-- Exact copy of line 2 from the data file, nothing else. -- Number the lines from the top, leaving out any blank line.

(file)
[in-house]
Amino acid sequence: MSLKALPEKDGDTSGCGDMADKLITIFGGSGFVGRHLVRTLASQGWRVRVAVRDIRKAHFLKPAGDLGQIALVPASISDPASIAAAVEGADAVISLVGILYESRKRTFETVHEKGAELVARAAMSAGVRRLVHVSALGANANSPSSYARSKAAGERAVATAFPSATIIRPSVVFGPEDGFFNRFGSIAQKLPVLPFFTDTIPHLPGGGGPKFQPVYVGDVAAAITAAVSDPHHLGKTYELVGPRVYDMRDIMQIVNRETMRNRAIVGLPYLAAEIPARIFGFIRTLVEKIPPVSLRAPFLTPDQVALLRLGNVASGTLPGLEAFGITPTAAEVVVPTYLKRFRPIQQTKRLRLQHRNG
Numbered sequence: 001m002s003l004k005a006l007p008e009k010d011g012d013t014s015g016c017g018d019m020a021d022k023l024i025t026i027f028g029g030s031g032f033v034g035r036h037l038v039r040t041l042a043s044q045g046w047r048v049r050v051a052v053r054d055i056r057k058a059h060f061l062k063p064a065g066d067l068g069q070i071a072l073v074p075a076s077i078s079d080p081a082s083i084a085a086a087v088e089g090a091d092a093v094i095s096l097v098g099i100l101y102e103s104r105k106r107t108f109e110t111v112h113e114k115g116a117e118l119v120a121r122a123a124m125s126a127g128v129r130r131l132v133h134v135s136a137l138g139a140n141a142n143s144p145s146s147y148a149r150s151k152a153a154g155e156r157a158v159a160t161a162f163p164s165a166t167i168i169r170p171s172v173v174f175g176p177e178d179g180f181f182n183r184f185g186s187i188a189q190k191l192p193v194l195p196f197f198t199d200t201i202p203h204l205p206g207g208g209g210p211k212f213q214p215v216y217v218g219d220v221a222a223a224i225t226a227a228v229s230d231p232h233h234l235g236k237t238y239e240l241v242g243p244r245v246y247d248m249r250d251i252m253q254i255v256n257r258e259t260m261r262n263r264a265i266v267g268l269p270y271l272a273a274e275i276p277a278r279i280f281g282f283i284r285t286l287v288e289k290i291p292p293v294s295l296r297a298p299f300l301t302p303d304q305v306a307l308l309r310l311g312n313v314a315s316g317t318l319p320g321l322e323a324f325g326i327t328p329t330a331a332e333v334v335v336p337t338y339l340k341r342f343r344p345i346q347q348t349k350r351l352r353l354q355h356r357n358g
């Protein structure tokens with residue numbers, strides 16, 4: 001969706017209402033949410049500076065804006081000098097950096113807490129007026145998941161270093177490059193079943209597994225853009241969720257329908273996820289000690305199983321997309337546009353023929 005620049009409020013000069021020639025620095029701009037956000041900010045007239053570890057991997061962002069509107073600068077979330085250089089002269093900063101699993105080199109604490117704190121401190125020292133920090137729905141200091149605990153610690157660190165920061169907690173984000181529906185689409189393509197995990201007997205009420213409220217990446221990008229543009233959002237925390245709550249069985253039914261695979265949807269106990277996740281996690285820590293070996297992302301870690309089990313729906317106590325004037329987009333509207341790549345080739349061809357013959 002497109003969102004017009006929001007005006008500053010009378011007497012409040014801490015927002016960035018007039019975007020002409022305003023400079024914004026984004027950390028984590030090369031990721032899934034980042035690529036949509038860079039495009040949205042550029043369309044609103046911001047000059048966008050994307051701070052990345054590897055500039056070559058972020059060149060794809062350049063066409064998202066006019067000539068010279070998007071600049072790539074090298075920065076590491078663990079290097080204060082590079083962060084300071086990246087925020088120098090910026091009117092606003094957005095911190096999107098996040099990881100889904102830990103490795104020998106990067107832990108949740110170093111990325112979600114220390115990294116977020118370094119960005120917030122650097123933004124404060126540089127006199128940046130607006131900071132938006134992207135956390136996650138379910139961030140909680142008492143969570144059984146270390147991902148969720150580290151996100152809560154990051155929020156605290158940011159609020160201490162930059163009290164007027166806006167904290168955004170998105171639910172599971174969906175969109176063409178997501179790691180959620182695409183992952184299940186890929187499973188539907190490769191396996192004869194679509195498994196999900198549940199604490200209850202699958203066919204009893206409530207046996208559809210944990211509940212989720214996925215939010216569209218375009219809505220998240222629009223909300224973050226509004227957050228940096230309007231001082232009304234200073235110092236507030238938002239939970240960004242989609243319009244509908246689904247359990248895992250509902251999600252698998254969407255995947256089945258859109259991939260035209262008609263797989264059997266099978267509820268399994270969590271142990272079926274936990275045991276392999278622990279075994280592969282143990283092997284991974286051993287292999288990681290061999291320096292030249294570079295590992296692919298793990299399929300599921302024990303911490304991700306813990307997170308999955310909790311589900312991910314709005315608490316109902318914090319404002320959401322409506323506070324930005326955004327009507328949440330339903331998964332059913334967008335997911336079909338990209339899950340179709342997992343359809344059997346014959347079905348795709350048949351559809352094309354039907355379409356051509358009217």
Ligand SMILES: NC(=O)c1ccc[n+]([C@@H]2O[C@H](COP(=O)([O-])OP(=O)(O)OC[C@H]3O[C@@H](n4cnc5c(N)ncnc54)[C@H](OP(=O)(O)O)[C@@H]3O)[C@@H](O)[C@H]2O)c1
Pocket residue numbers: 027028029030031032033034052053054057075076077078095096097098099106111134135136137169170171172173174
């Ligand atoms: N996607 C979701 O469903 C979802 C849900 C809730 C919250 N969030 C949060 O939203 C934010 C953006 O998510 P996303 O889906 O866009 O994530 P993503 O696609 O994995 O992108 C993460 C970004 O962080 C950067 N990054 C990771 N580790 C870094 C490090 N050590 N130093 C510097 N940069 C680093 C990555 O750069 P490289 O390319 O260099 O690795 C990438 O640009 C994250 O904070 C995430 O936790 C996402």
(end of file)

Amino acid sequence: MSLKALPEKDGDTSGCGDMADKLITIFGGSGFVGRHLVRTLASQGWRVRVAVRDIRKAHFLKPAGDLGQIALVPASISDPASIAAAVEGADAVISLVGILYESRKRTFETVHEKGAELVARAAMSAGVRRLVHVSALGANANSPSSYARSKAAGERAVATAFPSATIIRPSVVFGPEDGFFNRFGSIAQKLPVLPFFTDTIPHLPGGGGPKFQPVYVGDVAAAITAAVSDPHHLGKTYELVGPRVYDMRDIMQIVNRETMRNRAIVGLPYLAAEIPARIFGFIRTLVEKIPPVSLRAPFLTPDQVALLRLGNVASGTLPGLEAFGITPTAAEVVVPTYLKRFRPIQQTKRLRLQHRNG